A priest has praised the ‘heroic’ and ‘dignified’ search operation led by the family of Derry man, Michael McGinley, whose body was recovered from the River Foyle on Friday.
Father Neil Farren, speaking at the Gobnascale man’s Requiem Mass in St. Columb’s Church, Waterside, yesterday, also called for mental health issues to be addressed to prevent further tragedies .
Mr. McGinley’s remains were recovered from the river almost nine weeks after he had gone missing.
His siblings and wider family led the funeral procession the short distance from the Top of the Hill area, where he lived, to the Chapel Road church for the 12.00 noon Requiem Mass. Many of those gathered wore T-shirts with the message ‘RIP Wee Lumpa’ and ‘RIP Brother’ in tribute to Michael.
In his Homily, Fr. Farren spoke of how the family never gave up hope in their search for Michael, despite their own agony and grief. “The family, with friends and others, have been searching the banks of the River Foyle twice daily, up early as well and with large torches searching deep into the late evenings, even in the most winter of weathers. Nothing fazed them, simply heroic in their dignified search,” said Fr. Farren.
He also praised Foyle Search and Rescue, who recovered Michael’s remains, as “the other unsung heroes of our city” and the other search and rescue parties and sub aqua teams who had assisted the family.
Fr. Farren said the past nine weeks had been “horrendous” for each of Michael’s relatives.
“They have been through every emotion in the textbook of their hearts. But, over and above all their distressing emotions, they have been brave. Their dignity has shone and been noticed by many,” he maintained.
Fr Farren spoke of Michael McGinley’s “complex mind that had him tortured this last while,” especially following on from the deaths of his father, mother and uncle in quick succession.
He said that Michael’s family, both while he was alive and after he died, “went beyond the call of duty.”
It was now imperative, he said, that something was done to address the mental health issues affecting so many. “In the nine weeks since Michael went into the River Foyle, there have been 28 attempts by others in this city,” Fr Farren noted.
“Thankfully, they were got in time, back to safety. That’s not simply a statistic, but a reality check of how much pain there is out there in our society today.
“Mental health, be it in our city or beyond, needs to be addressed more, to prevent further tragedies. It is an issue, that is being highlighted more and more by society at large as we hear in the media, which is good, for it enables those who are struggling to not fear their plight, or sense they are on their own in their darkness, but to know with God’s help and the help of others there will come in time, a new dawn that will replace their distress, a new day where hope will return, and a zest for life will be, despite any enveloping darkness that presently pervades.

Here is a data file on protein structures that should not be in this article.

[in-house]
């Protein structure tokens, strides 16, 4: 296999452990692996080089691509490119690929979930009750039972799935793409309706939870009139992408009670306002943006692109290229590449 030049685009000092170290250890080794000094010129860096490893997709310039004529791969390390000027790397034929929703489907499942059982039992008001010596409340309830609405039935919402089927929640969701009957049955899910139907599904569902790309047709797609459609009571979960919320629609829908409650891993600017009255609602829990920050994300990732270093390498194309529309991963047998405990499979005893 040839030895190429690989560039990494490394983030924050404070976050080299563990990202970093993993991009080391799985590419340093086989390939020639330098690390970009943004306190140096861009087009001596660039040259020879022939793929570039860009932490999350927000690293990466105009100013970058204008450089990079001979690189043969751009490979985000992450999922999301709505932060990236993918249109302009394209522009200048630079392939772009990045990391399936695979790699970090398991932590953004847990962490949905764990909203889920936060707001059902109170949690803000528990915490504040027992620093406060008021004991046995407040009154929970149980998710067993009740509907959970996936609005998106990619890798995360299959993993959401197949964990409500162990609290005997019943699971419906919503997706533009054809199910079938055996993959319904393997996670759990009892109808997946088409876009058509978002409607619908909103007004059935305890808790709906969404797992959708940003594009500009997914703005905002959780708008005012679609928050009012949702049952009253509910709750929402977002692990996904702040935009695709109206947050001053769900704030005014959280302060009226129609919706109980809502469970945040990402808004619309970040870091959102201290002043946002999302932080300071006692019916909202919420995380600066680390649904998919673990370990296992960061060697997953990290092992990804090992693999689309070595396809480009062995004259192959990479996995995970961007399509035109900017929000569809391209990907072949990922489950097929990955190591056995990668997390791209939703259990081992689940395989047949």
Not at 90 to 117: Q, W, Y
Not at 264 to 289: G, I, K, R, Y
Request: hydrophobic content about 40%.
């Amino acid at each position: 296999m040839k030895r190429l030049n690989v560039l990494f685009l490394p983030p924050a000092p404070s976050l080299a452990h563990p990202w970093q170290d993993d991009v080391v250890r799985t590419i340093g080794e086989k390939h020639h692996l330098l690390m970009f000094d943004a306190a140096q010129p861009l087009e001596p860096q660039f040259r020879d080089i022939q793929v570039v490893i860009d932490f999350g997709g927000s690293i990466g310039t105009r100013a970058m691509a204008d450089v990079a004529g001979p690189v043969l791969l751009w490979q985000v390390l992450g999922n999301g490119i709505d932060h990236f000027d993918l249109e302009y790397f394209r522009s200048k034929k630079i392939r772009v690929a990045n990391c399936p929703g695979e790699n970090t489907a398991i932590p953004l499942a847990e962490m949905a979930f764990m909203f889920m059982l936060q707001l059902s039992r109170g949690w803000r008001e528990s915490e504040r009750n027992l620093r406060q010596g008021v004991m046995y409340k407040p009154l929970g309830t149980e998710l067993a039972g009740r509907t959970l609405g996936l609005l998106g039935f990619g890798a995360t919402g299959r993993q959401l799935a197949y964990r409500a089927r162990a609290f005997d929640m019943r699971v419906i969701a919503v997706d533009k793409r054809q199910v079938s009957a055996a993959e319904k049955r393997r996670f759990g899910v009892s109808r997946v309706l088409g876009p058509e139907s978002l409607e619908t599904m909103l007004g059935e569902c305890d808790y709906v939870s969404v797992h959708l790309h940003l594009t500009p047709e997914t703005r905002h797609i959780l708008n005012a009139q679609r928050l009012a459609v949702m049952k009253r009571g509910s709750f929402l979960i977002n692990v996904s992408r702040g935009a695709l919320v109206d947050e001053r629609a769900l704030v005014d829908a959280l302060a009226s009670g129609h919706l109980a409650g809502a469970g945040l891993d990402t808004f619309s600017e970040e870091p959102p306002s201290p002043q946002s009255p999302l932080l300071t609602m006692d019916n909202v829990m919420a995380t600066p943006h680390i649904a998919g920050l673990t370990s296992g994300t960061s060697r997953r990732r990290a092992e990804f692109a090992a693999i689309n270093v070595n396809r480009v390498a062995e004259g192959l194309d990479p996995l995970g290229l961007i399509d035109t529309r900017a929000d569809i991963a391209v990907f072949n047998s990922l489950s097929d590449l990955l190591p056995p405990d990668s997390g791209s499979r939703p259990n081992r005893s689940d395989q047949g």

“May the determination that the Coyle and McGinley families had, that shone out to find Michael until he was recovered, be a source of motivation for anyone in our wider community who is struggling, to keep hope alive themselves to persevere, to come through what needs to be got through with hope.
“Ending it all is not the answer. We pray to God for all in our city, whatever their religious denomination or none, that all who are in anguish at this time, may be saved from harm’s way. We pray to God, strength for each of our peoples this day and to keep all of us from harm.
“This family certainly does not want any other family in our city to go through what they have gone through. To have to search and search and search as this family has done. To now mourn the loss of a family member as they now mourn.”
He also urged Michael’s family to recall with fondness the times they spent with him in Derry and during annual holidays in Malin Head.
“Share the good memories, be able to laugh as well as cry together as you share those other days of yore with your Michael,” Fr. Farren said.
“We pray to God at this time for your support through these difficult days ahead. May you find strength to cope in yourself or with another’s help, through the time ahead.”
He added that the McGinley and Coyle families would like to thank all who assisted them in any way over these past nine weeks.
“Every little or huge part you played, helped them to no end, to cope and to bear up with the dignity they have shown throughout. They thank you sincerely,” he said.
Following the Requiem Mass at St. Columb’s Church, burial took place at Ardmore Cemetery yesterday afternoon.